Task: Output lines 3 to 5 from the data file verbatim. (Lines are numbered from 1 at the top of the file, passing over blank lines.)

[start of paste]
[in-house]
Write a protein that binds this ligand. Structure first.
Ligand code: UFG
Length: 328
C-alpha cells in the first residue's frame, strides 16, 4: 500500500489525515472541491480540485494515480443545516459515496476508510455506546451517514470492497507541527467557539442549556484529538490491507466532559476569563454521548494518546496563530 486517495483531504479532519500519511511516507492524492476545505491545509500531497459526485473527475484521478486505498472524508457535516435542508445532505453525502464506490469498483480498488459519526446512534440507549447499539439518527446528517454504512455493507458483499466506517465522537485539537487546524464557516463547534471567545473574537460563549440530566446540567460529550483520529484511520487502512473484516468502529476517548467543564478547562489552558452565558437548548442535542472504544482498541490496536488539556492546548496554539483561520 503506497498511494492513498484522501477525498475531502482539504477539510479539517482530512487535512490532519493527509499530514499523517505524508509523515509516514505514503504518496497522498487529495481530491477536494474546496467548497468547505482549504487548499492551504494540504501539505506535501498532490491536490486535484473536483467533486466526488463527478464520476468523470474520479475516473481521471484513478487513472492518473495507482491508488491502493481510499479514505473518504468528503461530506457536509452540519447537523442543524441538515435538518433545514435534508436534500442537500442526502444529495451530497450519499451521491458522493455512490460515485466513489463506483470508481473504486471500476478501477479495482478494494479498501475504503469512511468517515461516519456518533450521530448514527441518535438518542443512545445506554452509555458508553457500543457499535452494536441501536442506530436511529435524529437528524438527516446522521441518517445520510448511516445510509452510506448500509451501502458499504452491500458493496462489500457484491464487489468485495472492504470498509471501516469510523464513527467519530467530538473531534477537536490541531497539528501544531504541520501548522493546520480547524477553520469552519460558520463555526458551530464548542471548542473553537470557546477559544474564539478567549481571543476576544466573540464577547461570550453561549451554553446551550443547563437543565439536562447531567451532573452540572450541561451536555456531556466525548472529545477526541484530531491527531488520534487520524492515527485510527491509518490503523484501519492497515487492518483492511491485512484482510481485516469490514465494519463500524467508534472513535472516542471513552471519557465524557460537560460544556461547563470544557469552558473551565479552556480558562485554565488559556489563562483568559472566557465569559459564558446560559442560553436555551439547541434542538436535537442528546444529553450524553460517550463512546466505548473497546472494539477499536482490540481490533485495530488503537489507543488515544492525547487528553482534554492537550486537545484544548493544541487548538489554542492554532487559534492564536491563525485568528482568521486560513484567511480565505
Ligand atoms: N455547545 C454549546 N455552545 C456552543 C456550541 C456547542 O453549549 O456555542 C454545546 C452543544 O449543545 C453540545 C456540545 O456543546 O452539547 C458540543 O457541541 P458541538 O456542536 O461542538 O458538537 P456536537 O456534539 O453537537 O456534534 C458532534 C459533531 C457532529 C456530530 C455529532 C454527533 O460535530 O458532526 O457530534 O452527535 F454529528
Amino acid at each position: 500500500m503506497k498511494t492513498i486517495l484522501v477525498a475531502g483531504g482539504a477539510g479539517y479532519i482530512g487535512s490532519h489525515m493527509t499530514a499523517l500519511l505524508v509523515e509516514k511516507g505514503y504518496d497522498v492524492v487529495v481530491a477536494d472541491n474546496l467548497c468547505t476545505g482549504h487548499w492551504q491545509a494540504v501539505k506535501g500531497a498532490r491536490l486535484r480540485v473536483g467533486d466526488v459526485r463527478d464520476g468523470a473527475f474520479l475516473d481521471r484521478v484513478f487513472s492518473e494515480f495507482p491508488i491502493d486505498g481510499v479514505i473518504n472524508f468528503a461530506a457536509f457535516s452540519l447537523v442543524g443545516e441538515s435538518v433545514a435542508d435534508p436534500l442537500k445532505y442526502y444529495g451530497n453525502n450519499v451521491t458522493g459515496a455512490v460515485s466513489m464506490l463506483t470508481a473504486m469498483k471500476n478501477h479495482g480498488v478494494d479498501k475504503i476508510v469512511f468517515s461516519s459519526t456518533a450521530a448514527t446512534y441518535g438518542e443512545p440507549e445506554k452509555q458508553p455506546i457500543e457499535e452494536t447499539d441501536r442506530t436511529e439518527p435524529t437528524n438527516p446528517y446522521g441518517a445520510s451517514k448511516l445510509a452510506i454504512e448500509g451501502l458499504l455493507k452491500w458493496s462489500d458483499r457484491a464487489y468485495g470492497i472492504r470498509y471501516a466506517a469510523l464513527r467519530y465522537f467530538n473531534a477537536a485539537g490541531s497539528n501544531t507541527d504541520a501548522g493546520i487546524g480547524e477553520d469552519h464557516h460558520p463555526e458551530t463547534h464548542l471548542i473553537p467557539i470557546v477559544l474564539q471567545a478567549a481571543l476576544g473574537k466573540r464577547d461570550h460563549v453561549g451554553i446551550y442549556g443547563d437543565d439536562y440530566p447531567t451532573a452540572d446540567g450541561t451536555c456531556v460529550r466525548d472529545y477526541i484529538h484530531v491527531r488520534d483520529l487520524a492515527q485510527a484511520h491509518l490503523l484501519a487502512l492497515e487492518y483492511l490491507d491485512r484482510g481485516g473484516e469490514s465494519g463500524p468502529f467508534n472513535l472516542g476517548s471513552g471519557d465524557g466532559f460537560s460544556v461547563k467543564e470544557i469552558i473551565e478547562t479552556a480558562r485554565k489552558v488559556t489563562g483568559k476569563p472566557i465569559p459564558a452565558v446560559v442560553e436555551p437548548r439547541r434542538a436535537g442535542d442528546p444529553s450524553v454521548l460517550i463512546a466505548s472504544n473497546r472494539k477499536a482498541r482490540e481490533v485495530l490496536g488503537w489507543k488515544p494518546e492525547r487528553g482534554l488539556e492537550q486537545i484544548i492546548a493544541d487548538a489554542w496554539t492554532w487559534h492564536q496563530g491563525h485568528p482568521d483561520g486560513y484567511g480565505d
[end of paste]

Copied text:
Ligand code: UFG
Length: 328
C-alpha cells in the first residue's frame, strides 16, 4: 500500500489525515472541491480540485494515480443545516459515496476508510455506546451517514470492497507541527467557539442549556484529538490491507466532559476569563454521548494518546496563530 486517495483531504479532519500519511511516507492524492476545505491545509500531497459526485473527475484521478486505498472524508457535516435542508445532505453525502464506490469498483480498488459519526446512534440507549447499539439518527446528517454504512455493507458483499466506517465522537485539537487546524464557516463547534471567545473574537460563549440530566446540567460529550483520529484511520487502512473484516468502529476517548467543564478547562489552558452565558437548548442535542472504544482498541490496536488539556492546548496554539483561520 503506497498511494492513498484522501477525498475531502482539504477539510479539517482530512487535512490532519493527509499530514499523517505524508509523515509516514505514503504518496497522498487529495481530491477536494474546496467548497468547505482549504487548499492551504494540504501539505506535501498532490491536490486535484473536483467533486466526488463527478464520476468523470474520479475516473481521471484513478487513472492518473495507482491508488491502493481510499479514505473518504468528503461530506457536509452540519447537523442543524441538515435538518433545514435534508436534500442537500442526502444529495451530497450519499451521491458522493455512490460515485466513489463506483470508481473504486471500476478501477479495482478494494479498501475504503469512511468517515461516519456518533450521530448514527441518535438518542443512545445506554452509555458508553457500543457499535452494536441501536442506530436511529435524529437528524438527516446522521441518517445520510448511516445510509452510506448500509451501502458499504452491500458493496462489500457484491464487489468485495472492504470498509471501516469510523464513527467519530467530538473531534477537536490541531497539528501544531504541520501548522493546520480547524477553520469552519460558520463555526458551530464548542471548542473553537470557546477559544474564539478567549481571543476576544466573540464577547461570550453561549451554553446551550443547563437543565439536562447531567451532573452540572450541561451536555456531556466525548472529545477526541484530531491527531488520534487520524492515527485510527491509518490503523484501519492497515487492518483492511491485512484482510481485516469490514465494519463500524467508534472513535472516542471513552471519557465524557460537560460544556461547563470544557469552558473551565479552556480558562485554565488559556489563562483568559472566557465569559459564558446560559442560553436555551439547541434542538436535537442528546444529553450524553460517550463512546466505548473497546472494539477499536482490540481490533485495530488503537489507543488515544492525547487528553482534554492537550486537545484544548493544541487548538489554542492554532487559534492564536491563525485568528482568521486560513484567511480565505